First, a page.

Summer Swing: An ultimate golf road trip itinerary in Wisconsin

Golf Channel's Summer Swing is chronicling golf in all 50 states through Labor Day.

Don't sleep on Wisconsin as arguably America's best summer golf destination.

Hear me out. Other than California, Wisconsin is the only state with two modern-day major championship venues open to the public. If you're comparing the state's best golf resorts to others around the country, you could say that The American Club is the "Pebble Beach" of the Midwest, and the new Sand Valley Golf Resort its "Bandon Dunes". Not bad, right? Wisconsin is also the only state home to three different walking-only resort facilities - Sand Valley, Whistling Straits and Erin Hills - a popular new trend that's bringing the classic feeling of walking with a caddie back into the game.

But the real reason Wisconsin is so compelling is its variety of architecture and playing styles among its courses. Name another state with public designs by David McLay Kidd, Bill Coore and Ben Crenshaw, Pete Dye, Arnold Palmer, Jack Nicklaus, Dr. Michael Hurdzan and Dana Fry, and Robert Trent Jones Jr. You can't.

I did a magical golf trip through the state's midsection last summer after the 2017 U.S. Open at Erin Hills. I fell in love with a few courses I had written about before but never seen.

Since we can't all be like H. John Krueger - who claims he has played all 547 nine- and 18-hole courses in the state - I've come up with a dream itinerary galavanting around Wisconsin's winding back roads. It's an aggressive driving-and-playing-all-day kind of schedule, but it's the only way to see such compellingly different sites. I feel guilty leaving one of the state's top golf destinations - Lake Geneva - entirely out of the story. That's how deep the roster of must-play courses really is.

Since summer days linger longer in the Midwest than most of the rest of the country, you should have ample time and light to complete 36 holes a day. The question is: Can your body handle the mileage of this weeklong bender?

Day 1: Relive the Milwaukee Greater Open

We'll start off in Milwaukee (assuming you're flying in from out of state) at the venerable Brown Deer Park, one of the city's municipal golf courses. Long-time host of the PGA Tour's Greater Milwaukee Open from 1994–2009, Brown Deer Park delivers a classic, tree-lined test that's kept in great shape, a perfect warm-up to bigger things. Tiger made his PGA Tour debut here in 1996.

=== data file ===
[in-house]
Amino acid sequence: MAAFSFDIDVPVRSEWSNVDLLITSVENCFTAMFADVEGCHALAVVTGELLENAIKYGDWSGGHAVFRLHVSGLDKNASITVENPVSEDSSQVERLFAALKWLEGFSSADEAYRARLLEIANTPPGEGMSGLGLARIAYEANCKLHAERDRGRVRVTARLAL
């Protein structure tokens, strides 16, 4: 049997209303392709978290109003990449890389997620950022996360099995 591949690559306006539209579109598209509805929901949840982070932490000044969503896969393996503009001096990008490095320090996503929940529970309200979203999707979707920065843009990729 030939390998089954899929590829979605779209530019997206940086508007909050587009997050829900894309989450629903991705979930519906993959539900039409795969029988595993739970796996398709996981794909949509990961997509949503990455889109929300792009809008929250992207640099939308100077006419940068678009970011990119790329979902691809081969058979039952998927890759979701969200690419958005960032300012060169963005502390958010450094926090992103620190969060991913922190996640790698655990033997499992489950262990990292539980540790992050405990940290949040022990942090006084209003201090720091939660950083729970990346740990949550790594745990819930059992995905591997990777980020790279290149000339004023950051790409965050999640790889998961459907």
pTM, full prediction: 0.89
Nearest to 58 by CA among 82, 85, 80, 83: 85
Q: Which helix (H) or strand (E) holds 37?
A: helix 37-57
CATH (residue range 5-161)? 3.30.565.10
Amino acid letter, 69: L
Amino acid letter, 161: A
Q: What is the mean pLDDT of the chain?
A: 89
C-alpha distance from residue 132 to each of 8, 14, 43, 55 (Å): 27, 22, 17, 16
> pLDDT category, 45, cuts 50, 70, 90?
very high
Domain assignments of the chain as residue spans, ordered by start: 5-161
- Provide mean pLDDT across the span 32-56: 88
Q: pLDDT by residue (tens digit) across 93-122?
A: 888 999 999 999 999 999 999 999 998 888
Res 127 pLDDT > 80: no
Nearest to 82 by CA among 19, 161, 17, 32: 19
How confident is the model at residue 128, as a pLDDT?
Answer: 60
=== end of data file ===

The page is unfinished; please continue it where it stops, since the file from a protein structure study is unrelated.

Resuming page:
Day 2: Blackwolf Run

Apologies are needed for driving by Palmer's The Bog in Saulkville without stopping, but the 72-hole American Club is calling. You actually have five Top-100-caliber choices if you can pull yourself away from the luxuries of the resort to see The Bull at Pinehurst Farms, a demanding Nicklaus track in nearby Sheboygan Falls. The River and Meadow Valleys at Blackwolf Run combined forces to host the 2012 U.S. Women's open. The Sheboygan River comes very much into play on the most dramatic holes on the River course. The Meadow Valleys is the most "gettable" of the four Dye courses on property, but we all know that no Dye course is really gettable.

Day 3: Whistling Straits

If your legs have the willpower, walking 36 holes on the Irish and Straits courses at Whistling Straits is doable, as long as a caddie does the bag-toting and directs you through the maze of dunes and bunkers. The Straits, host of three PGA Championships and the upcoming 2020 Ryder Cup, can be tamed if the wind is down and you play conservatively avoiding the deepest of the bunkers and fescue. The views of Lake Michigan might be the best in America. The Irish doesn't have the scenery, although a few more blind shots make it equally compelling. With much more golf ahead, a pampering at the resort's Kohler Waters Spa will recharge your body.